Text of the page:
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ENCOURAGING FOREIGN INVESTMENT AND THE OIL TRADING BUSINESS

Encouraging foreign investment and the oil trading business

George Papanastasiou is the Managing Director of VTT Vasiliko Ltd (VTTV) and a thought leader who inspire his team to be passionate and creative.
In my interview with George, he talks about the potential of Cyprus as an oil trading hub, the important traits we can develop in our workplaces and his advice for a successful career in the Oil and Gas industry.

Muriel: “You are a firm believer that the tourism industry can be linked to a heavy industry, such as an oil terminal. What is your message to reinforce this connection and create initiatives accordingly?”

George: “Tourism had always been the main income of Cyprus. And at some point, rightly so, we realised there is much more than tourism which can bring investment to the island.

An oil terminal next to beaches and hotels is an example. VTTI has successfully invested in an oil storage and handling terminal which can co-exist with tourism facilities.

Our goals are as follows:

- We aim to minimise emissions to the atmosphere;
- We aim to prevent ground and ground-water pollution;
- We aim to prevent any damage to the environment whatsoever.

We, therefore, invested heavily in environmental protection equipment and materials. For example, we have internal floating roofs in our storage tanks to minimise oil evaporation to the atmosphere, we have an underground impermeable membrane covering all the area of the terminal to prevent any contact of oil with the ground,  and have water treatment plants which treat water, even rain water that is collected from tank roofs, before it is released to the sea.

As an example of post active measure, we invested in oil spill response knowledge, people training and equipment and have resources ready to implement the ERP (Emergency Response Plan) when activated.

The VTTI Group always applies standards higher than the standards required by local legislations or in line with local legislations if the Group standards are lower. The choice is always towards whichever holds the higher standards. We believe every company which plans to be in this business in a sustainable way, needs to invest in higher standards than what the legislation requires.”

Muriel: “Cyprus’ geographical position gives access to deep sea water close to the shore, and thus can accommodate the large oil vessels. VTTV has created in Cyprus a platform for potential large-scale energy infrastructure projects, and one of them is the proposed LNG terminal. How do you see Cyprus’ role in encouraging and hosting such projects and progressively becoming an oil / gas trading hub?”

George: “Deep sea water is one of the advantages that an oil trading hub requires to accommodate big vessels. But we also need the environment to be accommodating for such a business, and that’s the challenge. We are not yet exposed enough to businesses other than tourism. That’s why the oil trading business is not seen as friendly.

It took VTTI four years to get permits to construct the VTTV terminal.

Physical advantages and the traffic around a certain place are important for a trading hub. It is equally important to create a friendly business environment in terms of legislation and culture, an easy implementation of regulations and quick decision making. The authorities related to this business need to be competitive in terms of applying port fees and charges, for example.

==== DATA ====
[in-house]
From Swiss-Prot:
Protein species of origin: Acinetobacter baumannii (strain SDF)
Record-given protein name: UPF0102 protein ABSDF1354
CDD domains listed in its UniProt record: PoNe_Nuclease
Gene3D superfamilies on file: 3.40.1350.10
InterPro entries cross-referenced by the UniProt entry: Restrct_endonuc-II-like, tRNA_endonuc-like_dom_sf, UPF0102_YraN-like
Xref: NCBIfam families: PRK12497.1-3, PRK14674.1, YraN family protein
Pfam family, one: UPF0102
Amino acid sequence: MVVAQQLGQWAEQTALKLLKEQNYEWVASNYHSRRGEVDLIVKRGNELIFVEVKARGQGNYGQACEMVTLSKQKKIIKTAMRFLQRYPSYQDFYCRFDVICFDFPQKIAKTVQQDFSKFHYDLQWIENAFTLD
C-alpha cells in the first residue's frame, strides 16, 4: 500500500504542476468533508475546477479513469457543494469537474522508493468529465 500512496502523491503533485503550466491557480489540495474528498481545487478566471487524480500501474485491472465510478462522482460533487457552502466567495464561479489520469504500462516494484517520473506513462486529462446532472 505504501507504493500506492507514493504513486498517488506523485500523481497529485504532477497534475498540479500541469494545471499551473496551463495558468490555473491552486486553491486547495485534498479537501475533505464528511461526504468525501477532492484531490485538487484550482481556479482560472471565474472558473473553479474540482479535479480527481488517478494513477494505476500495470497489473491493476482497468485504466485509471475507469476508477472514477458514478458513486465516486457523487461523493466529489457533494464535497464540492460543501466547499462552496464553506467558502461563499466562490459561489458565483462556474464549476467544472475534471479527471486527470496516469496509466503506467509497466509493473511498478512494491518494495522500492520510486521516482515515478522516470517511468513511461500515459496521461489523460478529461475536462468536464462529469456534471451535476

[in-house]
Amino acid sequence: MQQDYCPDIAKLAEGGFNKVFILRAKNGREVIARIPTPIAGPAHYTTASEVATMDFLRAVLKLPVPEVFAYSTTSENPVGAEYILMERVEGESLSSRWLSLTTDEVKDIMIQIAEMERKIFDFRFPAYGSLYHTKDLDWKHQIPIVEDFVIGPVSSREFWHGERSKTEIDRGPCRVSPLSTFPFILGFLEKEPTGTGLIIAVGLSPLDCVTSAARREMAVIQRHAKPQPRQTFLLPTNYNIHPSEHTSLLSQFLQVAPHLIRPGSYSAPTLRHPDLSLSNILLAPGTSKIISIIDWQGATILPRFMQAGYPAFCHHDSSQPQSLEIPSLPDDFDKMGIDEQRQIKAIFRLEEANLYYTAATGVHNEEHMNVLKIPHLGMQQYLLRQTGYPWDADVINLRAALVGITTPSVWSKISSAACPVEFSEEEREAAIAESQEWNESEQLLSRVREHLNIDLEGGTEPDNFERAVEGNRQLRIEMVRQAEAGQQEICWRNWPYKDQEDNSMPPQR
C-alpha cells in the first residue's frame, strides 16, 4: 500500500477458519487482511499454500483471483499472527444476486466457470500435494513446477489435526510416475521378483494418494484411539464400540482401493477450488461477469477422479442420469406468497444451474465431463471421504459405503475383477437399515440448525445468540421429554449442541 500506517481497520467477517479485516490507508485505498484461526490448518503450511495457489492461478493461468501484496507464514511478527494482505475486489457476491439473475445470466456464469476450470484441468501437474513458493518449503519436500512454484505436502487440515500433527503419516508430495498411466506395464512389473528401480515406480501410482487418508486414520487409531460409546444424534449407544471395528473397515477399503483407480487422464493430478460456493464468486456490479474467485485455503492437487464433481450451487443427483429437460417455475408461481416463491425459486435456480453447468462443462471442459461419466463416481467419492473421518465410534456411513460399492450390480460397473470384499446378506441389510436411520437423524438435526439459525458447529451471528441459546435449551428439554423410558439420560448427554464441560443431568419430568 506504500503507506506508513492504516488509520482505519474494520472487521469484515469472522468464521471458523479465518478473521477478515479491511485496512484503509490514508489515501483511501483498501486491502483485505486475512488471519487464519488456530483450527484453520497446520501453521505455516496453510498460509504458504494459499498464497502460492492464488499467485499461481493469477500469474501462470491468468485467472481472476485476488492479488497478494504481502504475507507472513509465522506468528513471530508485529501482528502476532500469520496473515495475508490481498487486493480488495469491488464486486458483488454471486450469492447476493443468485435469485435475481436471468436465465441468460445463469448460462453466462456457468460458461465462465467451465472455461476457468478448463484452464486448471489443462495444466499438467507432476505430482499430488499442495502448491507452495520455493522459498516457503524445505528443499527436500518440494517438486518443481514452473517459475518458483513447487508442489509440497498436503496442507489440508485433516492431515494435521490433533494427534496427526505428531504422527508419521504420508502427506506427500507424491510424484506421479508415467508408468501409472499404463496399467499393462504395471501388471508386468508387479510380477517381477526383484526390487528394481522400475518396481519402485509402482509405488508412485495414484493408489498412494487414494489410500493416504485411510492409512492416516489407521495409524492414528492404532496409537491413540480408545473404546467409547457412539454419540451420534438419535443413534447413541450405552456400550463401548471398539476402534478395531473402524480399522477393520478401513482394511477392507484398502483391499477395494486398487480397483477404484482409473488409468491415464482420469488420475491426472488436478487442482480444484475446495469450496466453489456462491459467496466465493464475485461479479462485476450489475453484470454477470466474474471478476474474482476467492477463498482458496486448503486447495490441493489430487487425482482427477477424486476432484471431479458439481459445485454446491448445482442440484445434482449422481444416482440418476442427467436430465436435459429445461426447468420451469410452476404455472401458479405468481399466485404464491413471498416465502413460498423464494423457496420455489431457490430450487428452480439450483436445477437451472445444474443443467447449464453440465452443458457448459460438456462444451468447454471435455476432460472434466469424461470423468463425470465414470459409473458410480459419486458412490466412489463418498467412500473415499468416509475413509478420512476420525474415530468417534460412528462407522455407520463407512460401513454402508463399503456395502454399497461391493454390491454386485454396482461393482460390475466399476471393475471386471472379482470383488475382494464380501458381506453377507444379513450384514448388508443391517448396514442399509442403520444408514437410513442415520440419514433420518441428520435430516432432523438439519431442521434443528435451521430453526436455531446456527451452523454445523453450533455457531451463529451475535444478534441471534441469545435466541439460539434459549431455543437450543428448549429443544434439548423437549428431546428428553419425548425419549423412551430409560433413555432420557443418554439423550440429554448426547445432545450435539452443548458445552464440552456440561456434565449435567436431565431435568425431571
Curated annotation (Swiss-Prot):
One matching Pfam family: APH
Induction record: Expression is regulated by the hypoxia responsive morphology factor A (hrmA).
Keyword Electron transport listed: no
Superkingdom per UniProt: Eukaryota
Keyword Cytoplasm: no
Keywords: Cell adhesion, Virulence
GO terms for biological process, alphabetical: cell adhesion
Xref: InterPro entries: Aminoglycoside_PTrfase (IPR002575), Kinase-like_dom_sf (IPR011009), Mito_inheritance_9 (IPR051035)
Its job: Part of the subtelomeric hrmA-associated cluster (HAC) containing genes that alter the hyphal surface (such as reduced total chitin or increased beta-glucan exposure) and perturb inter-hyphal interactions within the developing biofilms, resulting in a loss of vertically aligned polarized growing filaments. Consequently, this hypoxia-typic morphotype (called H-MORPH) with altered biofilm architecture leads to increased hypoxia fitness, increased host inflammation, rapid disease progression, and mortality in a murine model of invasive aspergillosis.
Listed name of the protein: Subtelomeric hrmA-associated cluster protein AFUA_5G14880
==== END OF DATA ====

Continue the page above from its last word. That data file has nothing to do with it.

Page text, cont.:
When investors consider investing in Cyprus, they expect simplicity. Complexity and delays do not interest them. They need to be able to knock on one door and get all the answers. We should be able to provide a one-stop shop and this concept needs to be actively promoted, not just advertised. We need to start operating with practicality.

Cyprus needs foreign investment and the creation of employment opportunities. This should be our objective as a country, and there should be lessons learned following the collapse of the Cyprus’ economy in 2013.”

Muriel: “The VTTI Way is built around 5 core and people related qualities, which apply to the various functional areas of your business. How would you describe your workplace culture based on those qualities?”

George: “The five core qualities of VTTI, DS, RS, CL, PP and CO are all people related. They refer to Dynamic Strategists, Risk Savvy, Collective Leaders, Productive People and Creative Owners.

In VTTI generally, we consider people as our principal asset. We are strong believers in people and we hire those eager to learn, irrespective of their experience or background.

When joining our Company, people learn to apply all these core qualities of VTTI.

As Dynamic Strategists, our people need to always have a vision and a process to reach this vision.
As Risk Savvy, we take calculated risks and we understand the process to mitigate those risks.
As Collective Leaders, we promote empathy and relationships between people.
As Productive People, we hire in key positions those who are first developed as managers then they become leaders.
As Creative Owners, we encourage people to think outside the box, because that’s how we differentiate ourselves from our competitors and this is how we add value for our customers.”

Muriel: “How do you engage your team and inspire your people to be creative?”

George: “We have a way to do it in VTTI. First, we give our people the space to take decisions and be accountable. This way they can be creative.
And second, we never implement the blame and shame process. We learn from our mistakes and avoid doing the same mistake again.